Thursday, April 14, 2005

Leading From The Front: A Troop 98th Cavalry Operation Iraqi Freedom

Alpha-Troop, 98th Cavalry: your neighbors, friends, and family on the frontlines in Iraq.

The weather is getting warmer each day as we finish out the Iraqi winter and begin the hot months of spring and summer. The bad news is it could get as hot as 120F or more. The good news is that there is plenty of bottled water to keep us hydrated and every tent is air conditioned to keep us cool.

Our own 4th Platoon has struck gold with finding a satellite internet service provider for their tent! Just like any satellite service, it comes and goes with the weather, but it’s much better than waiting in line at the many sites the military provides. SFC Harold Taylor is to blame for this wonderful time-consuming amenity. We’re hoping to have our other platoons’ tents connected to the World Wide Web as soon as possible.

New to the Troop is an MP — Military Police — platoon. This platoon is from New Albany. They joined our family earlier this month and we are excited to have them. The MPs were attached to us so we could assist each other in our missions in Iraq, since we are both conducting very similar missions.

We have sent several soldiers from our unit to Kuwait to learn how to fly unmanned aerial vehicles or UAVs. The one they trained on is called a Raven. These remote controlled aircraft have color and night-vision cameras capable of flying over 5 kilometers on a single battery charge. They are used to observe and collect information regarding the many different routes our convoys might take, and even search for roadside bombs called Improvised Explosive Devices — IEDs. The training was held in Kuwait so the soldiers had some time away from Iraq. This vehicle is a great asset to the troop and the brigade.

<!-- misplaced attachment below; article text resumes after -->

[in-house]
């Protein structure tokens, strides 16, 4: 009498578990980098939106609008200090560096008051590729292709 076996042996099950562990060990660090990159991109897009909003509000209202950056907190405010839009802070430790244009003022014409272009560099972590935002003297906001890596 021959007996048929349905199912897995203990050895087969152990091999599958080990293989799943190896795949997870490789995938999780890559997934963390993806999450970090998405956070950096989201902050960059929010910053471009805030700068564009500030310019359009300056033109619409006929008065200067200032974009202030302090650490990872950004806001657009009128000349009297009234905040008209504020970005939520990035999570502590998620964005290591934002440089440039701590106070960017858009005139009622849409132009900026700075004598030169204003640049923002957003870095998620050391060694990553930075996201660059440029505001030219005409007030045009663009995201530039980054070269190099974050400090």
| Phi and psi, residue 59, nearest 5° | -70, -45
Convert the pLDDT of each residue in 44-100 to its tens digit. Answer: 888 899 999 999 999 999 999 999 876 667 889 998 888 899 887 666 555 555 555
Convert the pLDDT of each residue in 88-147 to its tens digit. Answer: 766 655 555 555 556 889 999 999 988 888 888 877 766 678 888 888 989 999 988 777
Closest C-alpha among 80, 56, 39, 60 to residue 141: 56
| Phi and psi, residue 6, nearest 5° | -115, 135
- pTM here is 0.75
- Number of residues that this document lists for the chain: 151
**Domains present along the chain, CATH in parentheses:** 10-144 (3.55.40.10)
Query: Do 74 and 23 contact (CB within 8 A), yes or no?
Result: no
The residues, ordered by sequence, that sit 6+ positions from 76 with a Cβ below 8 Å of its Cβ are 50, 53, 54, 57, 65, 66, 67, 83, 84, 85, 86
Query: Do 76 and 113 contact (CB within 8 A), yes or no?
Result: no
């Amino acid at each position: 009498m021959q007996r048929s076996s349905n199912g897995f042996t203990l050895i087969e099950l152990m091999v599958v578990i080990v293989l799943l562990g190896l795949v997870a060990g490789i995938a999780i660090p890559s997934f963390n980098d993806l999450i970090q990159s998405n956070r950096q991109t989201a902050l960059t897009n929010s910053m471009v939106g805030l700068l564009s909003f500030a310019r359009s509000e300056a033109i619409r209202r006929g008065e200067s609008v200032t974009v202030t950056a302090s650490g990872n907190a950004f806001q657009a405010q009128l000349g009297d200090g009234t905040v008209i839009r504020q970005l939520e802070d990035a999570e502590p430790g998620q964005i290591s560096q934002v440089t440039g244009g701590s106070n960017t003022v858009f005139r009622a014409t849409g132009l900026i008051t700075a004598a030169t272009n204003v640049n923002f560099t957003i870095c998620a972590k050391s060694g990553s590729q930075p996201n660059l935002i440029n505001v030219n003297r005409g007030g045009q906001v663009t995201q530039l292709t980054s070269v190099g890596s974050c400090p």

First Platoon has been on a support mission for quite some time now; supporting an Iraqi SWAT team. First Platoon helps train the SWAT team along with a small Special Forces group. On a typical mission the SWAT team will perform raids on certain buildings looking for insurgents. They also run the small detainee that holds the insurgents captured in the raids. Second and Fifth Platoon have been trading places lately. One will perform Force Protection, ensuring that the base camp is secure, while the other escorts convoys to various locations around Iraq. They rotate every two weeks. Fourth Platoon is on a PSD – Personal Security Detail - for the Brigade Commander. Like the secret service to the President, they provide heightened security wherever he goes. Third Platoon is on a PSD mission as well, for the Deputy Brigade Commander in the southern part of the country. Headquarters Platoon provides support to all of the platoons ensuring communications, logistics, supplies, mission planning, and many other tasks that help our missions complete successfully. The Mortar Platoon remains on alert in Karbala.

There have been a few promotions this month. Both SGT Benjamin Wills, and SGT Benjamin Estes have recently promoted from Specialist, to the new rank of Sergeants. They’ve worked hard to get where they are today and have shown they have the skills it takes to Lead from the Front.